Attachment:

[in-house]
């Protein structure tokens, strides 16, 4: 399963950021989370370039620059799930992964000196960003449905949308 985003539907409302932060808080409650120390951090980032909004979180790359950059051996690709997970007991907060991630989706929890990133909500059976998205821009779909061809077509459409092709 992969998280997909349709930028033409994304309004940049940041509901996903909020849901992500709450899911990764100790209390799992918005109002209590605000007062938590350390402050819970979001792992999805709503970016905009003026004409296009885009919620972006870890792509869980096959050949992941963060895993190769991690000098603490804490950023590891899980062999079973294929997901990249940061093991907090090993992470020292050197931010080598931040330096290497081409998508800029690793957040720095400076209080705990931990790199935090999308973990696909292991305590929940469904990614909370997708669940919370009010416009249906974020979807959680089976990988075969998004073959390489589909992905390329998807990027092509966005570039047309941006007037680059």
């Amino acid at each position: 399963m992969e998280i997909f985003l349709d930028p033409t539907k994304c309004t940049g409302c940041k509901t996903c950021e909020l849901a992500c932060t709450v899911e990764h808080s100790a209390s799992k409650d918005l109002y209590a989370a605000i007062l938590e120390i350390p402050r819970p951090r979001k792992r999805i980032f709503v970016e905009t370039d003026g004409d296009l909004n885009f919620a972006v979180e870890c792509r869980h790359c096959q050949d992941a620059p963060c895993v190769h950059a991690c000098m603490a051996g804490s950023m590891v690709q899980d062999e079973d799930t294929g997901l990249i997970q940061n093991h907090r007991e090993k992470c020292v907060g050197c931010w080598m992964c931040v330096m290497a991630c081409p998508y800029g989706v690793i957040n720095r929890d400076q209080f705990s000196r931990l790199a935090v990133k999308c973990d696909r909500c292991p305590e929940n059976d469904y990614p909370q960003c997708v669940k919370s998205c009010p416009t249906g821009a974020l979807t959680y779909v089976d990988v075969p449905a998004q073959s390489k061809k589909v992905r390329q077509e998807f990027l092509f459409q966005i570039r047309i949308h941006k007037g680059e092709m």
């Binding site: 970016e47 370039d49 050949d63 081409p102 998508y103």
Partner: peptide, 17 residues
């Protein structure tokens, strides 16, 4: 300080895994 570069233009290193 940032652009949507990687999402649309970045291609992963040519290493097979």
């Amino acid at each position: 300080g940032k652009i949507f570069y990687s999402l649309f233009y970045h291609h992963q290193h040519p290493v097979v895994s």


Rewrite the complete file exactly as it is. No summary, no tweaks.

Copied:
[in-house]
């Protein structure tokens, strides 16, 4: 399963950021989370370039620059799930992964000196960003449905949308 985003539907409302932060808080409650120390951090980032909004979180790359950059051996690709997970007991907060991630989706929890990133909500059976998205821009779909061809077509459409092709 992969998280997909349709930028033409994304309004940049940041509901996903909020849901992500709450899911990764100790209390799992918005109002209590605000007062938590350390402050819970979001792992999805709503970016905009003026004409296009885009919620972006870890792509869980096959050949992941963060895993190769991690000098603490804490950023590891899980062999079973294929997901990249940061093991907090090993992470020292050197931010080598931040330096290497081409998508800029690793957040720095400076209080705990931990790199935090999308973990696909292991305590929940469904990614909370997708669940919370009010416009249906974020979807959680089976990988075969998004073959390489589909992905390329998807990027092509966005570039047309941006007037680059």
């Amino acid at each position: 399963m992969e998280i997909f985003l349709d930028p033409t539907k994304c309004t940049g409302c940041k509901t996903c950021e909020l849901a992500c932060t709450v899911e990764h808080s100790a209390s799992k409650d918005l109002y209590a989370a605000i007062l938590e120390i350390p402050r819970p951090r979001k792992r999805i980032f709503v970016e905009t370039d003026g004409d296009l909004n885009f919620a972006v979180e870890c792509r869980h790359c096959q050949d992941a620059p963060c895993v190769h950059a991690c000098m603490a051996g804490s950023m590891v690709q899980d062999e079973d799930t294929g997901l990249i997970q940061n093991h907090r007991e090993k992470c020292v907060g050197c931010w080598m992964c931040v330096m290497a991630c081409p998508y800029g989706v690793i957040n720095r929890d400076q209080f705990s000196r931990l790199a935090v990133k999308c973990d696909r909500c292991p305590e929940n059976d469904y990614p909370q960003c997708v669940k919370s998205c009010p416009t249906g821009a974020l979807t959680y779909v089976d990988v075969p449905a998004q073959s390489k061809k589909v992905r390329q077509e998807f990027l092509f459409q966005i570039r047309i949308h941006k007037g680059e092709m």
């Binding site: 970016e47 370039d49 050949d63 081409p102 998508y103």
Partner: peptide, 17 residues
């Protein structure tokens, strides 16, 4: 300080895994 570069233009290193 940032652009949507990687999402649309970045291609992963040519290493097979």
């Amino acid at each position: 300080g940032k652009i949507f570069y990687s999402l649309f233009y970045h291609h992963q290193h040519p290493v097979v895994s």